The dynamics are a lot different this time around however. While a majority of Canadians voted for parties opposing free trade, our 'first past the post' electoral system allowed Mulroney's Tories to win a substantial majority. This time Stephen Harper and the Liberals are bed mates, with the NDP the only national party with seats in the House of Commons calling for open debate about extending Canada's mission in Afghanistan.

Should people be surprised at this so called "back room deal" with the Liberals? Hardly, Harper has flip flopped on many issues, as most politicians do. Like Trudeau, Mulroney and Chretien before him, Harper has often campaigned one way and governed another....appointing senators, taxing income trusts, government transparency, balanced budgets....its a long list.

So Canada will be staying in Afghanistan until 2014, okay. Its a policy I can support, and one I would be willing to debate. After all democracy is supposed to be one of the reasons Canada is in Afghanistan in the first place. The NDP seems to be the only major national party in favour of full and open discussion and debate. How about Conservatives and Liberals? Its beyond hypocritical to talk about the virtues of instilling democratic values in Afghanistan while squelching debate in Canada.

Saturday, November 20, 2010

Thinking of joining the Canadian Forces? Look here first!!!

When I joined the CF in March of this year I had never watched the reality show Basic Up, available on YouTube. That might have been a good thing, I don't know if I would have joined had I seen this first. With that being said, this show is incredibly accurate as to what you can expect if you decide to have a go at passing the CF's Basic Military Qualification course (BMQ).

Thanks for reading.

Friday, November 12, 2010

Can you support the troops and be against the mission?

There is much debate taking place in the MSM right now as to what form, if any, Canada's role in Afghanistan should be post July 2011 when the current mission is slated to end.

This is a bit of a political hot potato right now given waning support for the war in general, particularly in Quebec where Harper's hope for a majority government will likely live or die. Unfortunately there is more being said by political pundits than by our Prime Minister or other elected officials, including opposition members.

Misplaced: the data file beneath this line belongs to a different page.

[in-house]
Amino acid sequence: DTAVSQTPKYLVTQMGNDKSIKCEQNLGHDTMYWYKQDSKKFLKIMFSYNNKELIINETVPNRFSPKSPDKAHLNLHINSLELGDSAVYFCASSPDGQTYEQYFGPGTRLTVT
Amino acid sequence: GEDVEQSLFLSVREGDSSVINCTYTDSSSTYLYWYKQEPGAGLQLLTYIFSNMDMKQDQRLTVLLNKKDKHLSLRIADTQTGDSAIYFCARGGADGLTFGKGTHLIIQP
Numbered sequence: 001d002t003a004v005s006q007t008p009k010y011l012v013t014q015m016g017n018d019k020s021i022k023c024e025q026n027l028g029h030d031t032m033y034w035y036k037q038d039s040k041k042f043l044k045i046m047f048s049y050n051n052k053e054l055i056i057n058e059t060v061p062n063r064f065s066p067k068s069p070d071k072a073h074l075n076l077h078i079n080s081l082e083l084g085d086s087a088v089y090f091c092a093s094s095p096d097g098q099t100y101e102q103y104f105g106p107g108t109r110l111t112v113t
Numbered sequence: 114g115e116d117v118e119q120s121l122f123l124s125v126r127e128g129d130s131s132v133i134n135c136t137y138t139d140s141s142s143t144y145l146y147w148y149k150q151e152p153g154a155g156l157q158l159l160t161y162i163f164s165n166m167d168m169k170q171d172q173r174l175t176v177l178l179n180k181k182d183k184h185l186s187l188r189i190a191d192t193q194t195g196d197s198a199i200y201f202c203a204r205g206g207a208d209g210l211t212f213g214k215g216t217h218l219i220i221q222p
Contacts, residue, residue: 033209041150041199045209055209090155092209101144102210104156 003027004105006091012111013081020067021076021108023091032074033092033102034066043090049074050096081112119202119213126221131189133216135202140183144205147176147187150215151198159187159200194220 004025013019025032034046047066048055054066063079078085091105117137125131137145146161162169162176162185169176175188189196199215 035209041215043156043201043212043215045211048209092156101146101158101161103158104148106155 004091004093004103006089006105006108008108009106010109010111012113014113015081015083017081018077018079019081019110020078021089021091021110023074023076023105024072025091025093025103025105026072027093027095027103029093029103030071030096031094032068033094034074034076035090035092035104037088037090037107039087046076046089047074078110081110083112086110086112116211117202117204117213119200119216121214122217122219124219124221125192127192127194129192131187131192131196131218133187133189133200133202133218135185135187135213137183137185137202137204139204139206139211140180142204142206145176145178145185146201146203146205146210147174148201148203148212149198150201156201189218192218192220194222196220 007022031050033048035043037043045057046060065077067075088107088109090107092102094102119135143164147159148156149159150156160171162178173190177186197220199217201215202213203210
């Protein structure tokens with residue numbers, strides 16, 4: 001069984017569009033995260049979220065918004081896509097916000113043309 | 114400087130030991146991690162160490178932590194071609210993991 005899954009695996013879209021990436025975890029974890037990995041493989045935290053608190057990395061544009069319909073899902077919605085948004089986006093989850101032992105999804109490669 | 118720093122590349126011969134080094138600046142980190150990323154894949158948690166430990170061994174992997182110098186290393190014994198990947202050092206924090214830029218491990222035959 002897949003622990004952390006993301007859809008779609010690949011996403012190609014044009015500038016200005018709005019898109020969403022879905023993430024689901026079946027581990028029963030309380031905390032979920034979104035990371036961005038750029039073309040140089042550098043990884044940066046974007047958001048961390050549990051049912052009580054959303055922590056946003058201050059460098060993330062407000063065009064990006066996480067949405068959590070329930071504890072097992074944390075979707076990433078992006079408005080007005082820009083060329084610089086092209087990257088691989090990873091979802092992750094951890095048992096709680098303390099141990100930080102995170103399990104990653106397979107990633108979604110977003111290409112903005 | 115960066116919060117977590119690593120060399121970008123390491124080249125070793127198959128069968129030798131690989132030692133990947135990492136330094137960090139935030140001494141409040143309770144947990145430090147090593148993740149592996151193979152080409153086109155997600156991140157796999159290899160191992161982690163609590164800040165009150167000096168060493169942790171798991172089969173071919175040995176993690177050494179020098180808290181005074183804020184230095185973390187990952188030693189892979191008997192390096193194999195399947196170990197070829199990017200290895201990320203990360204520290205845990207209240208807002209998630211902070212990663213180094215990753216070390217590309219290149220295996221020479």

The central question is: Will Canadians abide by an extension of the current mission irrespective of what form it takes?

For members of the Canadian Forces, the mission is all that matters. Members don't define it or argue its merits, we carry it out. It doesn't matter if that mission is in Afghanistan or in Haiti. Where our forces get deployed is a decision for politicians to make, not for soldiers.

Sometimes I think Canadians forget that we live in a democracy, which means our government ultimately represents the collective will of the people. As as a soldier in the CF I don't see myself serving the government so much as serving the people of this nation.
Obviously it is possible to support the troops while perhaps disagreeing with a particular mission such as the one if Afghanistan. And if it is a high enough priority citizens have every right to push it up the political agenda by contacting their elected officials.

I am actually hopeful of getting the opportunity to be deployed to that volatile region, to see with my own eyes the situation and to understand it better. That may or may not happen depending on the decisions that are made by the powers that be.